I lay on my back on the ground, looking up. My childhood imagination could not grasp the immensity and vastness of the night sky with all its innumerable twinkling stars. It was magnificent and breathtaking and stretched on forever.
Having been raised in a Christian home, I had learned of Psalm 8:3,4, in which David paused in worshipful wonder, saying, “When I consider the heavens, the moon and stars which thou hast made, what is man that thou art mindful of him?
As a child, I realized some of my smallness and the immensity of God’s creation. Later, I learned that the Earth was a small sphere in our solar system and merely a tiny speck in the universe. I was less than a tiny pinpoint on this planet called Earth. Why would God even care about me?
The sun, our nearest star, is 93 million miles from us. Its diameter is 109 times that of the Earth, and its surface temperature is 9900 degrees Fahrenheit. But the sun is dwarfed by other stars. We reside in the Milky Way Galaxy, which is only one of an estimated 100 billion galaxies in the observable universe. The Wolf-Rayet (R136a1) star in the Large Magellanic Cloud galaxy is 265 times more massive than the sun, is nine times hotter, and shines 8.7 million times brighter.
In the hope-inspiring Resurrection chapter of the Bible, the apostle Paul said, “There is one glory of the sun, and another glory of the moon, and another glory of the stars: for one star differeth from another star in glory.” (I Corinthians 15:41)
God’s physical purpose for putting lights in the sky is stated clearly in Genesis 1:14-15: (1) To divide the day from the night; (2) For signs, seasons, days, and years; (3) To give light upon the Earth. When God finished lighting the Earth, He said it was good.
When you consider the vastness of God’s creation and then look at the creation story, notice that it almost seems to be an afterthought of God to make the stars. Genesis 1:16 states, “God made two great lights; the greater light to rule the day, and the lesser light to rule the night: he made the stars also.”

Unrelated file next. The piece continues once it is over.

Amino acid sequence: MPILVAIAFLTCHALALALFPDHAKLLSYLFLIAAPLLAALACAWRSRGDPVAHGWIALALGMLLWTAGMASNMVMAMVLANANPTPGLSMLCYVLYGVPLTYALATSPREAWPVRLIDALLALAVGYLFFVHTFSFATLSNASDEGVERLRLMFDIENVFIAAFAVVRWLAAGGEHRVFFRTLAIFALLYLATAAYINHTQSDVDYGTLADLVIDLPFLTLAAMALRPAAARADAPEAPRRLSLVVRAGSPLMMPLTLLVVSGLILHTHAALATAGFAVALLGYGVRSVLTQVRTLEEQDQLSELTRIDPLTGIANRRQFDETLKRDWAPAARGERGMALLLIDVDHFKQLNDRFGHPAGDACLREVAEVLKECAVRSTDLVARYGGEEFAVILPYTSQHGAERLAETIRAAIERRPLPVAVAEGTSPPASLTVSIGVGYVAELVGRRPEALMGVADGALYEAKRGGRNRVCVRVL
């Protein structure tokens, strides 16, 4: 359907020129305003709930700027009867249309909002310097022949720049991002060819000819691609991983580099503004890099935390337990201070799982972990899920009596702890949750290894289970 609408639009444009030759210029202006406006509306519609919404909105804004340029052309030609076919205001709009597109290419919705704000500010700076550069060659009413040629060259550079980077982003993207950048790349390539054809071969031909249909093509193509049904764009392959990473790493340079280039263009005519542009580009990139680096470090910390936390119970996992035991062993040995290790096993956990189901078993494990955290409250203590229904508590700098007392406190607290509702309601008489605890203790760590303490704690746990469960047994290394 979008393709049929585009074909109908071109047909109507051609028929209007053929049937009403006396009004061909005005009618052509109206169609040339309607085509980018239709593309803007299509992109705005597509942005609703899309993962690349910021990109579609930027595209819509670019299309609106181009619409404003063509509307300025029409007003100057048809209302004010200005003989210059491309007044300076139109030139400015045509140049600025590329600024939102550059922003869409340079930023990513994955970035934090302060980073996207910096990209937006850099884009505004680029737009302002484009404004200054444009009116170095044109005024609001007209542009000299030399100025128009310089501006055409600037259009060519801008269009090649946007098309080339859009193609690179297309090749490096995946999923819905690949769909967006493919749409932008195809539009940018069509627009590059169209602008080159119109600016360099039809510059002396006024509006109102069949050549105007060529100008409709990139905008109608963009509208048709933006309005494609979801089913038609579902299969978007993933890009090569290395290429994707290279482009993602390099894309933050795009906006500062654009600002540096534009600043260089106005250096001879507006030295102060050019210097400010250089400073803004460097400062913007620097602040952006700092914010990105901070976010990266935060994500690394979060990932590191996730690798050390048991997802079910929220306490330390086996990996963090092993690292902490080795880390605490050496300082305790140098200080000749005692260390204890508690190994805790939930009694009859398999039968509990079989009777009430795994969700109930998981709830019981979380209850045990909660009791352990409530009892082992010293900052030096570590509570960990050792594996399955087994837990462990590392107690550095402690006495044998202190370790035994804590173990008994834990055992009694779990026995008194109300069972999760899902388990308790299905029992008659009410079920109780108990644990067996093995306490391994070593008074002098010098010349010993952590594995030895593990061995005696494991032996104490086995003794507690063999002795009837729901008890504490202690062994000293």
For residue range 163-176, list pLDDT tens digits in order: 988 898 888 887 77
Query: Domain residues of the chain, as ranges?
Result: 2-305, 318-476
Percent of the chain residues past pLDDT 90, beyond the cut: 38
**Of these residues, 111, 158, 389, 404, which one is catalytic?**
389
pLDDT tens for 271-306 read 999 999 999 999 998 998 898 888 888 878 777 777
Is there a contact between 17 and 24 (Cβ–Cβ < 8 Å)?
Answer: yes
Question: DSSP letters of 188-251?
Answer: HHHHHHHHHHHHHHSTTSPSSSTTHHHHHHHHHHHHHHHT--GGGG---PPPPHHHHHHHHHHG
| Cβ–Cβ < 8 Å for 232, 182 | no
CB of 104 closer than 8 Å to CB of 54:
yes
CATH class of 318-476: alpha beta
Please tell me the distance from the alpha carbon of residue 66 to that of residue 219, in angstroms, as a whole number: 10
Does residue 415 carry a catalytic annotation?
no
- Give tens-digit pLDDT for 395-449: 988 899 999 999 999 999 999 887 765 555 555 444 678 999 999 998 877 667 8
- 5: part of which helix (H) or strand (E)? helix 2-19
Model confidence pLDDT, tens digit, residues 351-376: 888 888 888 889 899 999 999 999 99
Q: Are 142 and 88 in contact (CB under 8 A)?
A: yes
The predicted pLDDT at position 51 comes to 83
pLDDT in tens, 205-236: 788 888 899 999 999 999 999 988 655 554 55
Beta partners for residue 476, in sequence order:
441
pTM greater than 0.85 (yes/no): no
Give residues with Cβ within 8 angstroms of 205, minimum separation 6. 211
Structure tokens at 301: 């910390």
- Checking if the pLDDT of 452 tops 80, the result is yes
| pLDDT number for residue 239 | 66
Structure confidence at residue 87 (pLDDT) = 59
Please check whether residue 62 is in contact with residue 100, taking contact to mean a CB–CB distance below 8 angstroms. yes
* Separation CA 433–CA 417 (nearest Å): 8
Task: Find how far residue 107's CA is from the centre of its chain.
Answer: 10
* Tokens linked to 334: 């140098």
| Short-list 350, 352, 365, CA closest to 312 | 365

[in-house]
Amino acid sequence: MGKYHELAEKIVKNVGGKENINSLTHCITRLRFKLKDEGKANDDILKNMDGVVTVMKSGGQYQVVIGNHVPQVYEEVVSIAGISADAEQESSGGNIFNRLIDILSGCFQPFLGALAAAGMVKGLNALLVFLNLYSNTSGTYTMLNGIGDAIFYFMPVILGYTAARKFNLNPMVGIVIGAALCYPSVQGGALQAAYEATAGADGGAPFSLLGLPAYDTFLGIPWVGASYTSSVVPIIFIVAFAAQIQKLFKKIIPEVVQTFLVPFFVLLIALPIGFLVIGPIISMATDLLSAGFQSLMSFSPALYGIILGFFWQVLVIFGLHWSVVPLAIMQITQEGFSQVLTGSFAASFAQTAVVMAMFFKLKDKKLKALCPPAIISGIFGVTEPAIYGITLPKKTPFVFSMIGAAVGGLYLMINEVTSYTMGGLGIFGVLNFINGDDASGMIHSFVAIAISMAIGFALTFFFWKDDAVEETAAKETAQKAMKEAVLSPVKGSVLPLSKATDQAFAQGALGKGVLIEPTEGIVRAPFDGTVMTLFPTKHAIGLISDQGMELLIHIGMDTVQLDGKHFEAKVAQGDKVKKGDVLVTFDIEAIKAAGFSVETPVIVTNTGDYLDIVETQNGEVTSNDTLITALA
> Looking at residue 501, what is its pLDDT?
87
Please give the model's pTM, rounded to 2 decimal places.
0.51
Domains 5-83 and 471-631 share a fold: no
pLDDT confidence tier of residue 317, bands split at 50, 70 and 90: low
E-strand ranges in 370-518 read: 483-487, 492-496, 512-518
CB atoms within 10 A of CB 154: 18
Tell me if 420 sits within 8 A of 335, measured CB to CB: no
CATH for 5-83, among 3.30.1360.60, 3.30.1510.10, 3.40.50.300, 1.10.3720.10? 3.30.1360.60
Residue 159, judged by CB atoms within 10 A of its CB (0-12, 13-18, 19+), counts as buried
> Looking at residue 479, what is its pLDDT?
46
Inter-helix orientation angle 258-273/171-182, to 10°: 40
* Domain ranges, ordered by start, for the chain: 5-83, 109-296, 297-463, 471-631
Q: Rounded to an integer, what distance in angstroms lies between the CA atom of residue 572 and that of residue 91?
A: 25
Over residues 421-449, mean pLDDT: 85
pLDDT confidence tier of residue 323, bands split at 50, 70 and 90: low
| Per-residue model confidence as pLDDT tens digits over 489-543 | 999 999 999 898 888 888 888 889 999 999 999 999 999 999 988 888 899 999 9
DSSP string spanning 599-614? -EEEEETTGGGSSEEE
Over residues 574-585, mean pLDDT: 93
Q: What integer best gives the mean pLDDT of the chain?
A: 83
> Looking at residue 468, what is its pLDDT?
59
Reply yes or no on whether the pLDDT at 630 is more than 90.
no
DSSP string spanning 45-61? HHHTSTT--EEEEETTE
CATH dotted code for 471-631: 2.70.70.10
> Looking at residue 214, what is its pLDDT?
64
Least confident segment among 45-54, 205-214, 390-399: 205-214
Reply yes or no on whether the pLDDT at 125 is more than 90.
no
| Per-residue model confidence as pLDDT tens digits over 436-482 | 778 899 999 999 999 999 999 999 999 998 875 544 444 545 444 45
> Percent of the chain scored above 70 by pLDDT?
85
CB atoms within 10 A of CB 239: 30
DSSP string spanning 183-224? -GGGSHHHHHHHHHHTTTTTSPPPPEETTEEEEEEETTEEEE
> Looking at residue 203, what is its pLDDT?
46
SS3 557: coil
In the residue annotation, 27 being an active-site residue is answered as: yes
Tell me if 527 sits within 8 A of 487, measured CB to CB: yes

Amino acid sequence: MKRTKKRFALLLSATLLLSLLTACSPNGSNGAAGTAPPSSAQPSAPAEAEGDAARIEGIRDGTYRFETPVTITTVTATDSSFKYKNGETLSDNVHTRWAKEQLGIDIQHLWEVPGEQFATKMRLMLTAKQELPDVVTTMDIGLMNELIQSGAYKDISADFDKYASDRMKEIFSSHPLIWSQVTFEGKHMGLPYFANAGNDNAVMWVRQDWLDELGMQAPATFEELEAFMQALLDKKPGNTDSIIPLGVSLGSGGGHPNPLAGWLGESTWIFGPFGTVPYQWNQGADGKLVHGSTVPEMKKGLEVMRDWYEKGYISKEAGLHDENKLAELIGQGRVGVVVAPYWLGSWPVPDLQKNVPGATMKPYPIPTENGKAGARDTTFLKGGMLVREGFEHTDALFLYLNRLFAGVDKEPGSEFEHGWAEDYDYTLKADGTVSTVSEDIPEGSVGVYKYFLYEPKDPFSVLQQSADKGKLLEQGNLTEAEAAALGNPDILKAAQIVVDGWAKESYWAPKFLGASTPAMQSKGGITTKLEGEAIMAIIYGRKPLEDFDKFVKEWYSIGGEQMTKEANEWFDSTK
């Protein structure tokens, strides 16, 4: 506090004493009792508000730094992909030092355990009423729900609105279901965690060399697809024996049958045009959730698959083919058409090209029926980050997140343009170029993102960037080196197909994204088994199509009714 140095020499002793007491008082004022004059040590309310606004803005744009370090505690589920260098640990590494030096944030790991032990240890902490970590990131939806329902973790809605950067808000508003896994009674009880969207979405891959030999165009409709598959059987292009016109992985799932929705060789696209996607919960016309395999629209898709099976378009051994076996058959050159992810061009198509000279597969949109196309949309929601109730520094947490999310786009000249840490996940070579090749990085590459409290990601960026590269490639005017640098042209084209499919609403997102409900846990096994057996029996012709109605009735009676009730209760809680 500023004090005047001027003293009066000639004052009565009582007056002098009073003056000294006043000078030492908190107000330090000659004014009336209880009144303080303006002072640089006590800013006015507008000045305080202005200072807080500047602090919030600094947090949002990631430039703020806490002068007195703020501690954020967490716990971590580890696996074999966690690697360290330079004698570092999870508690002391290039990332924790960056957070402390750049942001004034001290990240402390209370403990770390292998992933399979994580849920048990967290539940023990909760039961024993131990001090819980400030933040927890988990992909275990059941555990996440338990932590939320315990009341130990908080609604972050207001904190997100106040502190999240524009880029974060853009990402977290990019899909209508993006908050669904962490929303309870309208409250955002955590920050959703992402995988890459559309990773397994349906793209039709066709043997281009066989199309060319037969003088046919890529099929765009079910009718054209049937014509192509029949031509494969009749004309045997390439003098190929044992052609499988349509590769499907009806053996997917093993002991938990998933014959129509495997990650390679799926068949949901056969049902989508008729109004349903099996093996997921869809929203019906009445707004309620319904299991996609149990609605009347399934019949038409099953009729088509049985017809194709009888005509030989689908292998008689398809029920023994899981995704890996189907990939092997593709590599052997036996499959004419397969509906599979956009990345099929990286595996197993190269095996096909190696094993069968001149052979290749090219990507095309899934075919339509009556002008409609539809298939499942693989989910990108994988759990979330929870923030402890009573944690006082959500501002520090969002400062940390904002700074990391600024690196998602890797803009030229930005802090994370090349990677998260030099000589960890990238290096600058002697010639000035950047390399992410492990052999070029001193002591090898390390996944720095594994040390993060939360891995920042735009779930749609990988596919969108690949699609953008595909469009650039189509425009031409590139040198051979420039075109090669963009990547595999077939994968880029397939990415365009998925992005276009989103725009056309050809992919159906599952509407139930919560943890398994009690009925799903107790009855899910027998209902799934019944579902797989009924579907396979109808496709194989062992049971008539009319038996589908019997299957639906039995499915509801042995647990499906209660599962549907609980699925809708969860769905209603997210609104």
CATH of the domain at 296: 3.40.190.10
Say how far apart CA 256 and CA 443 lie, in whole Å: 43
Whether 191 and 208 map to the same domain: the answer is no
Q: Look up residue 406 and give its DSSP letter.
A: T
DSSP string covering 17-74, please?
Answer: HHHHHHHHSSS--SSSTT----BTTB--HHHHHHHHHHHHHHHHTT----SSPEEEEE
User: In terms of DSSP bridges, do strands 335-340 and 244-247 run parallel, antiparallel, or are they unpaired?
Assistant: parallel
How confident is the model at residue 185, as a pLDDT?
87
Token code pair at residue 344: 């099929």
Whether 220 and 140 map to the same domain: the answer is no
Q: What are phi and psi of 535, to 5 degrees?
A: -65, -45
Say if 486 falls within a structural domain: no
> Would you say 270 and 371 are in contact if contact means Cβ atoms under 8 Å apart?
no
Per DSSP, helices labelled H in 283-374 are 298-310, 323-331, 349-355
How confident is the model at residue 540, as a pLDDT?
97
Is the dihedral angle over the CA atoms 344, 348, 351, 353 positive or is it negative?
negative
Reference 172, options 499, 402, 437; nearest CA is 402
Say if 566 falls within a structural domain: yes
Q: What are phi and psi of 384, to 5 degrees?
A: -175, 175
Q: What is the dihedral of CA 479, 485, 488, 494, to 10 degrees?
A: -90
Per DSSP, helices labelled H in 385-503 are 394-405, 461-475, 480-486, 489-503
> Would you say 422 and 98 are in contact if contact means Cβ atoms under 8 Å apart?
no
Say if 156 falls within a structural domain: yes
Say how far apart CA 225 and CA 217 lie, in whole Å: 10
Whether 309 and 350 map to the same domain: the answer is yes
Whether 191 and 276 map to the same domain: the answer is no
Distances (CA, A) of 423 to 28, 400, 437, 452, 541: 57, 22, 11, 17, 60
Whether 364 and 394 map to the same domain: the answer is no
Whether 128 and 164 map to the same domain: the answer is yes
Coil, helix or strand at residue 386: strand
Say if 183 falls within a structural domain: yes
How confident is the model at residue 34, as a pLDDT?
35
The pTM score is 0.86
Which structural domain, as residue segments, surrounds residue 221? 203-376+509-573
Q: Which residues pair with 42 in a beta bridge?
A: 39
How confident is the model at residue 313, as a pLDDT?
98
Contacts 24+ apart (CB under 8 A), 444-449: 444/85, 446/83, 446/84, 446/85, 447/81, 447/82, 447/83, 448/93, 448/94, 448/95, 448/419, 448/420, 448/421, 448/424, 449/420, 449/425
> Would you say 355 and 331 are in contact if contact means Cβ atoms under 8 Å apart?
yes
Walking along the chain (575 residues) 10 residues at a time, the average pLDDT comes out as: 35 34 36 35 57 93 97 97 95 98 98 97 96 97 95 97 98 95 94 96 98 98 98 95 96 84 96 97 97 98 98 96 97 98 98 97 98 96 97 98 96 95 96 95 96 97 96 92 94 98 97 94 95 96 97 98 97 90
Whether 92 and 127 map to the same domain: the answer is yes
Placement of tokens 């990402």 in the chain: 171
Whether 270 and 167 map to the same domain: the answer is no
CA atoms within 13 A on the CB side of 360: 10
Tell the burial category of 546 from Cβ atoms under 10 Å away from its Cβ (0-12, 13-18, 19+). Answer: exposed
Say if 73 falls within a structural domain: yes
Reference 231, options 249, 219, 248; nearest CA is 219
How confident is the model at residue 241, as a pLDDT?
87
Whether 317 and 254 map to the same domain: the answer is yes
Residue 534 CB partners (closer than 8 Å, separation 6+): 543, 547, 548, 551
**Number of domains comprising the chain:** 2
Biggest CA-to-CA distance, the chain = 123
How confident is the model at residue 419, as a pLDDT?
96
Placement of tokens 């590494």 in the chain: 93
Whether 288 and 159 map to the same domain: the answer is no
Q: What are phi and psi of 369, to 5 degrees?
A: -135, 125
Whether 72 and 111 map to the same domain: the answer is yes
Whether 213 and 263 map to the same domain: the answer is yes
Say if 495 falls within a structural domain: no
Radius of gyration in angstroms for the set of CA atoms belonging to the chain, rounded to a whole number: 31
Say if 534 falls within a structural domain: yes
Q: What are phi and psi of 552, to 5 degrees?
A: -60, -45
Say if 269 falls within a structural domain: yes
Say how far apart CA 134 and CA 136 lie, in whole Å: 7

It is almost as if God says, “O, by the way, I made the stars too.” Creating the stars was not a complex engineering project for God (but infinitely complex to us). Psalm 33:6 states, “By the word of the LORD were the heavens made; and all the host of them by the breath of his mouth.“ In the same chapter, verse 9, the psalmist says, “For he spake, and it was done; he commanded, and it stood fast.” God created the stars by merely speaking on this fourth day of creation. Our omnipotent and omniscient God had no difficulty with this instant act of creation.
Isaiah challenges us. “Lift up your eyes on high, and behold who hath created these things, that bringeth out their host by number: he calleth them all by names by the greatness of his might, for that he is strong in power; not one faileth.` (Isa. 40:26) Isaiah didn’t know the number of stars – but God did, and he called them all by names. It is beyond our weak minds to comprehend this.
God also had a divine purpose in all that He created. Psalm 19:1 says, “The heavens declare the glory of God.” He wanted all people to know Him as Creator. Then, because He also wanted us to know Him as Savior, He gave us His word. “The law of the Lord is perfect, converting the soul.” (Ps. 19:6:)
Then God gave the ultimate proof of His purpose. He gave His Son, The Word, who is also the Light. The sun, the moon, and the stars were not sufficient light. “In Him was life; and the life was the light of men. - - That was the true Light, which lighteth every man that cometh into the world.” (John 1:4,9) Jesus said, “I am the Light of the world: he that followeth me shall not walk in darkness, but shall have the light of life.” (John 8:12)
In Revelation 22:16, Jesus calls Himself the “bright and morning star.” In the next verse, He invites all to come to Him. “And whosoever will, let him take the water of life freely.” Will you come to Him today?
Source documents from the Institute for Creation Research (icr.org); Creation.com